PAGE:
Memoirs of Benjamin Franklin; Written by Himself. [Vol. 2 of 2] With his Most Interesting Essays, Letters, and Miscellaneous Writings; Familiar, Moral, Political, Economical, and Philosophical, Selected with Care from All His Published Productions, and Comprising Whatever Is Most Entertaining and Valuable to the General Reader

By Benjamin Franklin

Page 200

appears to be
coming on, and the person who holds the string must stand within a door
or window, or under some cover, so that the silk riband may not be wet;
and care must be taken that the twine does not touch the frame of the
door or window. As soon as any of the thunder-clouds come over the kite,
the pointed wire will draw the electric fire from them, and the kite,
with all the twine, will be electrified, and the loose filaments of the
twine will stand out every way, and be attracted by an approaching
finger. And when the rain has wetted the kite and twine, so that it can
conduct the electric fire freely, you will find it stream out
plentifully from the key on the approach of your knuckle. At this key
the vial may be charged; and from electric fire thus obtained, spirits
may be kindled, and all the other electric experiments be performed,
which are usually done by the help of a rubbed glass globe or tube, and
thereby the sameness of the electric matter with that of lightning
completely demonstrated.

B. FRANKLIN.

* * * * *

_Physical and Meteorological Observations, Conjectures, and
Suppositions._--Read at the Royal Society, June 3, 1756.

The particles of air are kept at a distance from each other by their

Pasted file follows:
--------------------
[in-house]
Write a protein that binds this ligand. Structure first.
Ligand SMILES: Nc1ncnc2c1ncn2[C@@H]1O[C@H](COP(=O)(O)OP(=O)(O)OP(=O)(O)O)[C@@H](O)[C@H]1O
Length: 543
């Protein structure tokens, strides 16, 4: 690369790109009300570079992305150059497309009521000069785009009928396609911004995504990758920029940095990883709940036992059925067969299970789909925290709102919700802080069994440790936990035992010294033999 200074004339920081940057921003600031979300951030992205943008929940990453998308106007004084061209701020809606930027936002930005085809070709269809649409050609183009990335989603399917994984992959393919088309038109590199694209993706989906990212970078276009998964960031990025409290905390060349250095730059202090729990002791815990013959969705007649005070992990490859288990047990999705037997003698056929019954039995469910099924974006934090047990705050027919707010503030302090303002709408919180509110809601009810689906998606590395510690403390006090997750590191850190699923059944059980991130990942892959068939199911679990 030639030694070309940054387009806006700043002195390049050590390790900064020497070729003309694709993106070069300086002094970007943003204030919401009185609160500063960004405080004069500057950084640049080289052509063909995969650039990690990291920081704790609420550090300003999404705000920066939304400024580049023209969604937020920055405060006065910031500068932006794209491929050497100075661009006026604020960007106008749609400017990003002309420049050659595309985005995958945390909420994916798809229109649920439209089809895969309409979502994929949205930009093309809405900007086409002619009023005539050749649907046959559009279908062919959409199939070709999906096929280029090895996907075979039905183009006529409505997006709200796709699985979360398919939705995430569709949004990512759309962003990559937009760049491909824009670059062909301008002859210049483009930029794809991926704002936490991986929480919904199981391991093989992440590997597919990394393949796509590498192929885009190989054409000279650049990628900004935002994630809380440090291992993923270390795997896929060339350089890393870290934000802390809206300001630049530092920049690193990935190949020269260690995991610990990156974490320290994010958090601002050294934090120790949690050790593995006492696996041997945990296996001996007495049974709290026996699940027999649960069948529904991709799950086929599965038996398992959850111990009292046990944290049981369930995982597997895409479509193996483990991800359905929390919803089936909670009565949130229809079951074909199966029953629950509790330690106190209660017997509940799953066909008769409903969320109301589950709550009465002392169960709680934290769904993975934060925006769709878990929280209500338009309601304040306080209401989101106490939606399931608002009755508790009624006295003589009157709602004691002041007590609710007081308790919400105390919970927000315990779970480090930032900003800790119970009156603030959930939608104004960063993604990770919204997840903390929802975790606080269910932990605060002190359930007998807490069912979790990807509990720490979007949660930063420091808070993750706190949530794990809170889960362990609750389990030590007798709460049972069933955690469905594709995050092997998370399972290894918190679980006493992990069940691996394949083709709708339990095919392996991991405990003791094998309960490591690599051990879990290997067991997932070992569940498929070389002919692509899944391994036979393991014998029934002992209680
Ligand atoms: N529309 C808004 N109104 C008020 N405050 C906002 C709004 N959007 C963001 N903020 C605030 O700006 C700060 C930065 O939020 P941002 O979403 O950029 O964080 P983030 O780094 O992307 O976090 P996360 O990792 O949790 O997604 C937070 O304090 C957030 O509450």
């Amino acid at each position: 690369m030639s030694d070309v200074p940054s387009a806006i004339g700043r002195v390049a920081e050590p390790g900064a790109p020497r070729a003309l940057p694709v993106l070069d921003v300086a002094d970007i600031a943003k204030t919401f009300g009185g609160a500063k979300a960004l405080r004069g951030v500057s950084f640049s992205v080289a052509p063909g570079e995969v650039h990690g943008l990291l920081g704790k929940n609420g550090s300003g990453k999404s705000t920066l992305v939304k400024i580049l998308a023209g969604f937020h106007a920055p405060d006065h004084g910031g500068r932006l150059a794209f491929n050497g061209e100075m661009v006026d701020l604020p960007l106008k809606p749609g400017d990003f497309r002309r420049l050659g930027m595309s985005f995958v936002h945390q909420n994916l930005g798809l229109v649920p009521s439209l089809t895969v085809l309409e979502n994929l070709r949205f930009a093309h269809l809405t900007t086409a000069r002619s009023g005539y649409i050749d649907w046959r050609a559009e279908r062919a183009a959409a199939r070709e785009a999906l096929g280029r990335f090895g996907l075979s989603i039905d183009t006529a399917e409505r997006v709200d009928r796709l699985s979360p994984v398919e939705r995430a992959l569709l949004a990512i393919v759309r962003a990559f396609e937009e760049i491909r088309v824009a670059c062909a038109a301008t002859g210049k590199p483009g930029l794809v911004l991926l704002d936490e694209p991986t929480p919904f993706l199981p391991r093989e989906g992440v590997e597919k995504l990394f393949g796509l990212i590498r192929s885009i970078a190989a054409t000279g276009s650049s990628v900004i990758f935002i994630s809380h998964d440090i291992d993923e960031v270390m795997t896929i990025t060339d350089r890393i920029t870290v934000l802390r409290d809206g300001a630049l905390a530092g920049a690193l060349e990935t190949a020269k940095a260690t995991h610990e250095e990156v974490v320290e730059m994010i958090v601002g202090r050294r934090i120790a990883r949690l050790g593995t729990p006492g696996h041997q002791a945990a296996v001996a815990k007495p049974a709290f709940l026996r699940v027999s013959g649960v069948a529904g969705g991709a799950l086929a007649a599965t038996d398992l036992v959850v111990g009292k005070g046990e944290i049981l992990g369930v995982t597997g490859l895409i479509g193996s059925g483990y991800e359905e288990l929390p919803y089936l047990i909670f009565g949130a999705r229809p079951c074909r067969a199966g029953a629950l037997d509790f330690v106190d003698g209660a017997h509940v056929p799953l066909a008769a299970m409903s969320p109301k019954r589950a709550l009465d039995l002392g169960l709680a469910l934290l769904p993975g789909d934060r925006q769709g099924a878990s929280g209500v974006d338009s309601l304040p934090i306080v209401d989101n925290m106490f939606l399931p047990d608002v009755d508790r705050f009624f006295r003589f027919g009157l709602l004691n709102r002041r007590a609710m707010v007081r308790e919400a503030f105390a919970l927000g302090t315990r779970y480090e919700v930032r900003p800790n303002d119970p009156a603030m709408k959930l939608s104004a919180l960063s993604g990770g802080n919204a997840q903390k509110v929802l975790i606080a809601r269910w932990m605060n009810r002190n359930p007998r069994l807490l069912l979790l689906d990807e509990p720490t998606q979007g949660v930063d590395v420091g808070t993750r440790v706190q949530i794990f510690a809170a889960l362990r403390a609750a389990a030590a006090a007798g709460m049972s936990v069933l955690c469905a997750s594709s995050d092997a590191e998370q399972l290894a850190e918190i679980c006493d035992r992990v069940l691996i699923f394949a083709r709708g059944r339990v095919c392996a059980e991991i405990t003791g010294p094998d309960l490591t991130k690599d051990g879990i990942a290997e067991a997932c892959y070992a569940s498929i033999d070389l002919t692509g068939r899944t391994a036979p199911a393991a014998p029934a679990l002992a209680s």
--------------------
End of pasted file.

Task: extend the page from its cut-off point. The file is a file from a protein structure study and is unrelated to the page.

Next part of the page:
mutual repulsion * * *

Whatever particles of other matter (not endued with that repellancy) are
supported in air, must adhere to the particles of air, and be supported
by them; for in the vacancies there is nothing they can rest on.

Air and water mutually attract each other. Hence water will dissolve in
air, as salt in water.

The specific gravity of matter is not altered by dividing the matter,
though the superfices be increased. Sixteen leaden bullets, of an ounce
each, weigh as much in water as one of a pound, whose superfices is
less.

Therefore the supporting of salt in water is not owing to its superfices
being increased.

A lump of salt, though laid at rest at the bottom

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Text Comparison with Benjamin Franklin Representative selections, with introduction, bibliograpy, and notes

Page 1
Clark, University of Wisconsin_ HERMAN MELVILLE, _Willard Thorp, Princeton University_ JOHN LOTHROP MOTLEY THOMAS PAINE, _Harry H.
Page 162
but some vain thing immediately follow'd.
Page 217
No[,] says he, my Father has really been disappointed and is really unable; and I am unwilling to distress him farther.
Page 235
In reality, there is, perhaps, no one of our natural passions so hard to subdue as _pride_.
Page 239
Whenever I was solicited to insert any thing of that kind, and the writers pleaded, as they generally did, the liberty of the press, and that a newspaper was like a stage-coach, in which any one who would pay had a right to a place, my answer was, that I would print the piece separately if desired, and the author might have as many copies as he pleased to distribute himself, but that I would not take upon me to spread his detraction; and that, having contracted with my subscribers to furnish them with what might be either useful or entertaining, I could not fill their papers with private altercation, in which they had no concern, without doing them manifest injustice.